A young couple traded bland for beautiful with layers of lacquered paint and patterned fabrics all over the house. | Story by Terri Sapienza
What happens when a self-proclaimed "non-beiger" buys a traditional home that's completely covered in neutrals? In the case
of Bailey and Pete McCarthy, some major redecorating! Bailey, a decorator, writer of the lifestyle blog Peppermint Bliss (peppermintbliss.com), and owner of the Houston-based bedding company Biscuit Home, is best known for vibrant spaces packed with personality. Her
longtime blog followers have watched her chronicle two previous home renovations online, and they've applauded her liberal
and daring use of pattern and color. However, Bailey calls the work she's done on her current 1930s Houston house "a bit more
subdued." The finished product, which is drenched in rich jewel tones and furnished with sophisticated fabrics such as velvet
and leather, is really a reflection of Bailey's signature style. "It's moodier and darker than our previous homes, but it's
still whimsical," she says. "Colorful doesn't necessarily have to mean bright."
A reproduction French industrial table by Old Plank Road (oldplank.com) stores copper cookware.
Bailey replaced the lower cabinets and gave the uppers new life with glass doors and brass hardware. Tired of white kitchens, she drenched the entire space in a custom deep, dark green in a glossy lacquered finish. Her collection of white dishes and serving pieces, an impressive La Cornue range, and a white subway-tile backsplash add interest and break up the swaths of green.
The hand-painted floral wallcovering was the starting point behind every other color choice in the bedroom: the apple green rug, the pair of chartreuse gourd lamps, the hot pink velvet upholstered bed, and patterned linens from Bailey's own store, Biscuit Home.
Hung a Canopy
The room's finishing touch is a stunning pelmet made of Brunschwig & Fils Les Touches Pink fabric edged in a green tassel trim. For the canopy's interior, Bailey used multiple yards of ivory silk for a luxe look.
A pretty pink ceiling (Yours Truly by Benjamin Moore) crowns the flirty and feminine bedroom.
Bailey, a bedding expert, says it really is what's on the inside that counts.
1. Invest in Quality Basics
Spring for down or down-blend inserts for your pillowcases and duvets. "They will be the softest and last the longest," she says
2. Go for Durability
Choose soft sateen or crisp percale 100%-cotton sheets with a thread count of 200 to 350. Bailey uses lots of color and pattern for both their style and practicality. "We live in our bed and have dogs and babies in there all the time!" she says.
3. Keep it Crisp
She recommends folding the sheet over the coverlet to introduce contrasting pattern. Place the duvet neatly at the foot of the bed.
4. Add Accent Pillows
"Euro shams and sweet boudoir pillows pretty up standard sleeping pillows, and the different sizes are nice for reading or watching TV," says Bailey. Plan on at least two sleeping pillows per person, depending on the size of the bed.
Bailey relocated the tub and tucked it into a cozy surround that includes a pair of glass-shelved hanging cabinets and an inset beveled mirror. The mirror adds sparkle and enlarges the space, while the rows of open shelving give the room lots of storage and the vintage-apothecary feel Bailey wanted.
Chose Simple Colors
There's a lot going on in this tiny room, but the classic black-and-white palette with brass accents keeps things from looking chaotic. The millwork's lacquered finish adds depth and polish, and the traditional pattern of the marble hex floor tile is a nod toward the house's 1930s roots.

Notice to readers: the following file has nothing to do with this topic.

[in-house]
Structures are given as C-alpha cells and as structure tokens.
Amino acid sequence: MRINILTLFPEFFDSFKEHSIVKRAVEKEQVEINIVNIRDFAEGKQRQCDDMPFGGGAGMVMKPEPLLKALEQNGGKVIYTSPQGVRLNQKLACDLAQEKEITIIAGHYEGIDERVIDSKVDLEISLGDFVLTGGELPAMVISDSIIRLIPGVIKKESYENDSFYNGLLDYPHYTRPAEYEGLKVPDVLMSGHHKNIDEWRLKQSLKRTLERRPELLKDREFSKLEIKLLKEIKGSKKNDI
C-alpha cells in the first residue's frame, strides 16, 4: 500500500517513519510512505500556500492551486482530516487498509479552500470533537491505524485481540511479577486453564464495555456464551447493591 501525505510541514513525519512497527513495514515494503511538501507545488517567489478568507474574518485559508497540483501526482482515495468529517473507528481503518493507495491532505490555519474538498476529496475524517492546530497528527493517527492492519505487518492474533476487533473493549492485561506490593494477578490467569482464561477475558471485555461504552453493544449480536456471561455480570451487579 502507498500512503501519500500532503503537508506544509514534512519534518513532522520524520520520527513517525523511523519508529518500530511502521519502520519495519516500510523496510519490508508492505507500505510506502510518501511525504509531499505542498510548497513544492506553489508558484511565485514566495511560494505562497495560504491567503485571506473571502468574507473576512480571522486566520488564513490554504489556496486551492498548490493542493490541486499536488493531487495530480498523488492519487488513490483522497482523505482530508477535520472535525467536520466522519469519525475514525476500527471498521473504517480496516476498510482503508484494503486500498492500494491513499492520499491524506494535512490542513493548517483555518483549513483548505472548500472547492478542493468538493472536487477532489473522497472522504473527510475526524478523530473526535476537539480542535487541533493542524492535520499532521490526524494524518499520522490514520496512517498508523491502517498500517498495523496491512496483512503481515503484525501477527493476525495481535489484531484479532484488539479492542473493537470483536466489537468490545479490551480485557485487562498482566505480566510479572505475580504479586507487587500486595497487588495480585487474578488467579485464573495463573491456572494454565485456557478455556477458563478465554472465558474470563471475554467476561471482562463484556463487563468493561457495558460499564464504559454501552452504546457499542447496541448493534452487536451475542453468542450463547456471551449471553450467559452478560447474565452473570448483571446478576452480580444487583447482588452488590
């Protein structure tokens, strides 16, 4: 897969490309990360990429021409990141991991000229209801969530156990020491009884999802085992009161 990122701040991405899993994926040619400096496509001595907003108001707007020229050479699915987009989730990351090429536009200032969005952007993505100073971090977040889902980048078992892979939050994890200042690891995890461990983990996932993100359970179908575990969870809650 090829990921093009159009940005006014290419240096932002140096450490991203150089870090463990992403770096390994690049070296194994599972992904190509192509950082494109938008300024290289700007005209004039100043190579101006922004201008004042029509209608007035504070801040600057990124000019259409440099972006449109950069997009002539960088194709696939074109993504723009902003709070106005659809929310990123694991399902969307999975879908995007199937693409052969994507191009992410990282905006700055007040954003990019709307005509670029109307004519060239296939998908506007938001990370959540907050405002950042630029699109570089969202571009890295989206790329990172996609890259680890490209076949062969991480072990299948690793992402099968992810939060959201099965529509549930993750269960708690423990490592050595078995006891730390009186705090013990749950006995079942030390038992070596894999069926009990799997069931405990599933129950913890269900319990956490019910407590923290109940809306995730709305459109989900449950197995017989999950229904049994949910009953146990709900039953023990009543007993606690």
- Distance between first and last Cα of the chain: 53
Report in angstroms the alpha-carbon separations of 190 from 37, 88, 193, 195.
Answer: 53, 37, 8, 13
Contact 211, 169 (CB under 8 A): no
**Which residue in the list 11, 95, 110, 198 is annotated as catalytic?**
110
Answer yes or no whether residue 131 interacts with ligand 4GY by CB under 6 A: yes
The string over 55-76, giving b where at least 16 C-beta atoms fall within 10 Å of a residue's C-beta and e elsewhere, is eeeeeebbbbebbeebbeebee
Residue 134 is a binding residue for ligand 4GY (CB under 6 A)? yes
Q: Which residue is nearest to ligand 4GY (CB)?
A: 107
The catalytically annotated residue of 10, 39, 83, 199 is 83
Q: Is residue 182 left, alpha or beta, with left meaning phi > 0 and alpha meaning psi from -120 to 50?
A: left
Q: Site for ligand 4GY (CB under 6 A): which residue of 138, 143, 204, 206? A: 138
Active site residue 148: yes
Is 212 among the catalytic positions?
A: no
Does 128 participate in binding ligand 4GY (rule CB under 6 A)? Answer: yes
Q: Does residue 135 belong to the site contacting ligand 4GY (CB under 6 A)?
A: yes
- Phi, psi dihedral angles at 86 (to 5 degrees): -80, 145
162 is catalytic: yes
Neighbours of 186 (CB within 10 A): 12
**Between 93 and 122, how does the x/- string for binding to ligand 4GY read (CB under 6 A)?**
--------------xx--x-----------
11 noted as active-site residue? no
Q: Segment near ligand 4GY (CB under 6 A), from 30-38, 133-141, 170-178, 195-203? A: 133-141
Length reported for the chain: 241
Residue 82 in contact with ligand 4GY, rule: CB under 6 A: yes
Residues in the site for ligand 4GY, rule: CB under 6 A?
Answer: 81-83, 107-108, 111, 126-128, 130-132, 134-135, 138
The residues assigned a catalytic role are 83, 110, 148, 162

Millwork Paint Black Satin (2131-10); benjaminmoore.com
Framed, beveled mirrors over the petite tub visually double the size of the room.
Splurged on Sinks
As part of the bath's remodel, Bailey made sure to carve out room for a facing pair of handsome Carrara marble-topped washstands with polished brass legs. Their generous size doesn't leave a lot of extra floorspace, but for Bailey, the sacrifice was worth it. "I've had my eye on these sinks forever," she says. "They are major statement pieces." The medicine cabinets above replace lost storage space.
Art Deco-style sconces by Urban Archaeology flank the mirrored medicine cabinets.
Went for Drama
Rich browns and olive green are now the dominant colors in the once white-and-gray sunroom. "We're homebodies, TV-watching people, so we wanted the room to be more of a cozy den," says Bailey. She enveloped the entire space with a dark brown hue in a chic lacquered finish. Furnishings in various textures (including wool, acrylic, sisal, brass, leather, and wood) keep the deep palette from feeling flat, while fun patterned fabrics (such as a zebra print and a scenic velvet with flying ducks) give the room an extra layer of personality.
Rebuilt the Cabinetry
Bailey redesigned the built-ins to house the television (it previously hung in a corner) and provide the family with a combination of open and closed storage. The raised-panel doors give the cabinetry an upgraded look that feels stately and symmetrical.
Wall, Trim, and Cabinet Paint Mink (2112-10); benjaminmoore.com
Roman Shade Fabric Flying Ducks Velvet Sky by Mulberry Home (leejofa.com), available through DCOTA; 954/921-7575
Lacquering the walls took weeks but was well worth it. "It totally makes the room," says Bailey.
Added a Bar
A previously empty corner by the back door now houses Bailey's favorite part of the room: a fully equipped wet bar with a wine fridge, hammered-copper sink, and ample shelving for her collection of glassware.
A leather countertop edged with nail heads and a faux-tortoiseshell wallpaper add glamour.